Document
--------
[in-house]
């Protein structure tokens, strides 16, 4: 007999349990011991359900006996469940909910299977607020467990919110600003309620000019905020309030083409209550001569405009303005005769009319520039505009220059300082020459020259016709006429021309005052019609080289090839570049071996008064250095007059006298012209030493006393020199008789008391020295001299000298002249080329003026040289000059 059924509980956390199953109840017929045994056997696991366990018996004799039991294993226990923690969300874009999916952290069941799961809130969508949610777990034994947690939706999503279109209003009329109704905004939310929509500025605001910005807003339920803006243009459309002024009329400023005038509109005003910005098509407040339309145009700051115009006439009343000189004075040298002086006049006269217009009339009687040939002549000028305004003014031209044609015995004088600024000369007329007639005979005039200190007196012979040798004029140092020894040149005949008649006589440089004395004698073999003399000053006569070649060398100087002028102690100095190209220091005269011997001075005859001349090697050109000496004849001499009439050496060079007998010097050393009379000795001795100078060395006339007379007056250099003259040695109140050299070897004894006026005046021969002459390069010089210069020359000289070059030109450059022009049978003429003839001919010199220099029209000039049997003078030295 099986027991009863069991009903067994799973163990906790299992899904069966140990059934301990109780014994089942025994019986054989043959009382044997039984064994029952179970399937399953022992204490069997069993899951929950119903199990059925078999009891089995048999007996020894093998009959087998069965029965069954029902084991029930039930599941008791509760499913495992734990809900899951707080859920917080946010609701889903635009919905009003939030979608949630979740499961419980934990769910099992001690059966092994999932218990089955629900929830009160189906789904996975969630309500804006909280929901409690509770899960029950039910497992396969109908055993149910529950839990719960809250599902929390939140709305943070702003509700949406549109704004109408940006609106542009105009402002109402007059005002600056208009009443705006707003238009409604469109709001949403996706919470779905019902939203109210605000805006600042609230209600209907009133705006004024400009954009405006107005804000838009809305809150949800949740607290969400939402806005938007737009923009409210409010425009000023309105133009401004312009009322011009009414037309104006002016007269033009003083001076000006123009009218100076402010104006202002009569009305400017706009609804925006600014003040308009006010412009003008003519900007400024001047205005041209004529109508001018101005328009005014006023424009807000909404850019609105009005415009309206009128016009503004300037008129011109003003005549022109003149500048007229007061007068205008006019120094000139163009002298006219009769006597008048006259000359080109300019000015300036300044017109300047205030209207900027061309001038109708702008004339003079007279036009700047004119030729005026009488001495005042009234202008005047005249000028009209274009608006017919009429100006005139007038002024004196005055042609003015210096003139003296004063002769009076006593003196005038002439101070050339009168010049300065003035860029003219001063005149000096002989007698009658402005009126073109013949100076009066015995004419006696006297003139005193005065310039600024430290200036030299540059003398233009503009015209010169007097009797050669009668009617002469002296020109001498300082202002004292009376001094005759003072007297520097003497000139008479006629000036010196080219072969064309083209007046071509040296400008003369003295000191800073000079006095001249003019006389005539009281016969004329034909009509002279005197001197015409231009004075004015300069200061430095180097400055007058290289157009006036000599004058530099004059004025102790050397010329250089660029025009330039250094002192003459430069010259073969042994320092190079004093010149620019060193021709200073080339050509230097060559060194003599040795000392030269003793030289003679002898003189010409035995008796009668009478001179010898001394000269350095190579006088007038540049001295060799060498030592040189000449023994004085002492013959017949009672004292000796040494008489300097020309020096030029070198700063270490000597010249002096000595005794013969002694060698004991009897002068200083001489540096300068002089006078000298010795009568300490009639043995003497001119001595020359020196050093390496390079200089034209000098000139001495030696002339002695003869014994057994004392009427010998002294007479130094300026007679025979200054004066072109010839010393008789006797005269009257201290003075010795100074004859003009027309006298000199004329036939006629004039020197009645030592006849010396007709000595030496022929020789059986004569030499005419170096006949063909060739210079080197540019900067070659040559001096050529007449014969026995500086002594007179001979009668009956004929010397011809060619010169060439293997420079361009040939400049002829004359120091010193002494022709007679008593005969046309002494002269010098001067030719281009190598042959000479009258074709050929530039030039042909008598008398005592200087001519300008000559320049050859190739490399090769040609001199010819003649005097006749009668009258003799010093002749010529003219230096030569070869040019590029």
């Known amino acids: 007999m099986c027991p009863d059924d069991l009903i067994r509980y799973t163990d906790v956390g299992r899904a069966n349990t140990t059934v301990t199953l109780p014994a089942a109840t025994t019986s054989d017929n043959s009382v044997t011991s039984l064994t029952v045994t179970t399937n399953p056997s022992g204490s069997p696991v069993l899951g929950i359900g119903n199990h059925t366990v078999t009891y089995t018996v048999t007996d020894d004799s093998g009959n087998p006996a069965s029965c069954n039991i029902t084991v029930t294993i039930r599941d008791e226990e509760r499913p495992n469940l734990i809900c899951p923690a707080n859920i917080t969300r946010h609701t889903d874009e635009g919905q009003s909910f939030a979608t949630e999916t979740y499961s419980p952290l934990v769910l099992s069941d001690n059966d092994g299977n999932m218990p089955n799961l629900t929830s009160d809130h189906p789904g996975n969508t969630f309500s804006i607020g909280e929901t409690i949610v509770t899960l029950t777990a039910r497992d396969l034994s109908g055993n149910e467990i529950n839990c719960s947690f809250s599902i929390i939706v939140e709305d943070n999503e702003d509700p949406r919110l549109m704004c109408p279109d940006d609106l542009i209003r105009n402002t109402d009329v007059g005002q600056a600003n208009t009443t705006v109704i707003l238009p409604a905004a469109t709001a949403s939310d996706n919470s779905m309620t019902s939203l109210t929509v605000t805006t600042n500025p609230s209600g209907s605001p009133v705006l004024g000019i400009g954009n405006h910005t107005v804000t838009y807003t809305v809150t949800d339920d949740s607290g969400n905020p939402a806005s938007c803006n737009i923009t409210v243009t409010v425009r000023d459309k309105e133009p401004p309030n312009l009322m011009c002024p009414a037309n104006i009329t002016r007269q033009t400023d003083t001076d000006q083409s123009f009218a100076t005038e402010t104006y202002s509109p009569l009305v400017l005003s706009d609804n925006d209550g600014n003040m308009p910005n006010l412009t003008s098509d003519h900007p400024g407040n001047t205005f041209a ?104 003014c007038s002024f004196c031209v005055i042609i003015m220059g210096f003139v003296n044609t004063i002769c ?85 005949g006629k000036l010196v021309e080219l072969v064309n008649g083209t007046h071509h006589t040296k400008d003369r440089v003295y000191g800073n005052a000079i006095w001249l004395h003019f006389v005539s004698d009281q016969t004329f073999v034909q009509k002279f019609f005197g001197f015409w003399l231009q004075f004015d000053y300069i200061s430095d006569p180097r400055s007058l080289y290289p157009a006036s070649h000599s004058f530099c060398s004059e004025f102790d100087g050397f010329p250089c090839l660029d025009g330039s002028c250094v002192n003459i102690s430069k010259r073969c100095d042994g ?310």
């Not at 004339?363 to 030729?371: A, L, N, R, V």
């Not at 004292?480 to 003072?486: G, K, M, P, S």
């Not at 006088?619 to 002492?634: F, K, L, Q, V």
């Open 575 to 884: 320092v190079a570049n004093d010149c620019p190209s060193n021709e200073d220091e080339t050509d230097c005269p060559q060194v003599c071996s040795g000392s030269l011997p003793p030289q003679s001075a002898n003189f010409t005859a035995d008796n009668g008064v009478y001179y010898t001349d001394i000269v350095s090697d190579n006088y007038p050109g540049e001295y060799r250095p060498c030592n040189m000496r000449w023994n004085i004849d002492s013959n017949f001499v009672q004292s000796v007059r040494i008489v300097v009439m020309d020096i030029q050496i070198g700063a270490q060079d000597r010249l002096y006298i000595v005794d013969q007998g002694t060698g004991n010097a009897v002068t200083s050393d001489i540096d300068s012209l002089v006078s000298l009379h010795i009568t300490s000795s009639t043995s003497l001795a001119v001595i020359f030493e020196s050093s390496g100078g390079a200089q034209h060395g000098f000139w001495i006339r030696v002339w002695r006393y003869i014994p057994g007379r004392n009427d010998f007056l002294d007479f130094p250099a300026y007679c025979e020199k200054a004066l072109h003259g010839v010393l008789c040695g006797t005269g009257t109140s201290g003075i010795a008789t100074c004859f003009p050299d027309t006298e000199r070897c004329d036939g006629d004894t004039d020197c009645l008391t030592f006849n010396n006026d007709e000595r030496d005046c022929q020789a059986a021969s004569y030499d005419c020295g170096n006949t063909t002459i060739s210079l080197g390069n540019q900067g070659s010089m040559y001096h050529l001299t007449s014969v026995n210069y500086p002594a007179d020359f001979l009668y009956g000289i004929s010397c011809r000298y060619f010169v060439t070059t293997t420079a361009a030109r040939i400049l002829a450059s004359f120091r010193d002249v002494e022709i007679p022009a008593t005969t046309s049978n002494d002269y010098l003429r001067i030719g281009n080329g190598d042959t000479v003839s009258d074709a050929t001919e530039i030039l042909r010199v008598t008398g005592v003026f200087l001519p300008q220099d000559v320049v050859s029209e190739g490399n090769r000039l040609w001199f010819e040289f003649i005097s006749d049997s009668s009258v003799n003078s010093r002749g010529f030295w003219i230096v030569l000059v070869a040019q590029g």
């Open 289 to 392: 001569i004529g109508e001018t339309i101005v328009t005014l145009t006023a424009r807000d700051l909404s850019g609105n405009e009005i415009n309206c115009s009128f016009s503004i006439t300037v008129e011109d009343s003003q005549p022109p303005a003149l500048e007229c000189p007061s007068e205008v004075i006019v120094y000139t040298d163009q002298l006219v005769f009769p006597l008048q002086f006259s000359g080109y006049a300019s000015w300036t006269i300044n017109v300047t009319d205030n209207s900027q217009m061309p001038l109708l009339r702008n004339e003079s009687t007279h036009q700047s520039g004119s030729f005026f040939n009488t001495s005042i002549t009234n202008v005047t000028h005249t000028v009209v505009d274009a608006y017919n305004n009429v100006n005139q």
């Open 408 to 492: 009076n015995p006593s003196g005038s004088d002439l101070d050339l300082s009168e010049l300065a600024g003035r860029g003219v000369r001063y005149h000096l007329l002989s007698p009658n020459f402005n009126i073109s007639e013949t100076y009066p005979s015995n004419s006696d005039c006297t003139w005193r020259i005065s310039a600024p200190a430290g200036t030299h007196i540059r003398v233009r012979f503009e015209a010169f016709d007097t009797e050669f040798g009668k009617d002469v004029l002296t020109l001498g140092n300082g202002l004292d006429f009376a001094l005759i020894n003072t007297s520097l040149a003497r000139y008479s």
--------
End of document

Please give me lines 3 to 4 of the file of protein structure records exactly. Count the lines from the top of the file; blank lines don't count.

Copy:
């Known amino acids: 007999m099986c027991p009863d059924d069991l009903i067994r509980y799973t163990d906790v956390g299992r899904a069966n349990t140990t059934v301990t199953l109780p014994a089942a109840t025994t019986s054989d017929n043959s009382v044997t011991s039984l064994t029952v045994t179970t399937n399953p056997s022992g204490s069997p696991v069993l899951g929950i359900g119903n199990h059925t366990v078999t009891y089995t018996v048999t007996d020894d004799s093998g009959n087998p006996a069965s029965c069954n039991i029902t084991v029930t294993i039930r599941d008791e226990e509760r499913p495992n469940l734990i809900c899951p923690a707080n859920i917080t969300r946010h609701t889903d874009e635009g919905q009003s909910f939030a979608t949630e999916t979740y499961s419980p952290l934990v769910l099992s069941d001690n059966d092994g299977n999932m218990p089955n799961l629900t929830s009160d809130h189906p789904g996975n969508t969630f309500s804006i607020g909280e929901t409690i949610v509770t899960l029950t777990a039910r497992d396969l034994s109908g055993n149910e467990i529950n839990c719960s947690f809250s599902i929390i939706v939140e709305d943070n999503e702003d509700p949406r919110l549109m704004c109408p279109d940006d609106l542009i209003r105009n402002t109402d009329v007059g005002q600056a600003n208009t009443t705006v109704i707003l238009p409604a905004a469109t709001a949403s939310d996706n919470s779905m309620t019902s939203l109210t929509v605000t805006t600042n500025p609230s209600g209907s605001p009133v705006l004024g000019i400009g954009n405006h910005t107005v804000t838009y807003t809305v809150t949800d339920d949740s607290g969400n905020p939402a806005s938007c803006n737009i923009t409210v243009t409010v425009r000023d459309k309105e133009p401004p309030n312009l009322m011009c002024p009414a037309n104006i009329t002016r007269q033009t400023d003083t001076d000006q083409s123009f009218a100076t005038e402010t104006y202002s509109p009569l009305v400017l005003s706009d609804n925006d209550g600014n003040m308009p910005n006010l412009t003008s098509d003519h900007p400024g407040n001047t205005f041209a ?104 003014c007038s002024f004196c031209v005055i042609i003015m220059g210096f003139v003296n044609t004063i002769c ?85 005949g006629k000036l010196v021309e080219l072969v064309n008649g083209t007046h071509h006589t040296k400008d003369r440089v003295y000191g800073n005052a000079i006095w001249l004395h003019f006389v005539s004698d009281q016969t004329f073999v034909q009509k002279f019609f005197g001197f015409w003399l231009q004075f004015d000053y300069i200061s430095d006569p180097r400055s007058l080289y290289p157009a006036s070649h000599s004058f530099c060398s004059e004025f102790d100087g050397f010329p250089c090839l660029d025009g330039s002028c250094v002192n003459i102690s430069k010259r073969c100095d042994g ?310």
């Not at 004339?363 to 030729?371: A, L, N, R, V």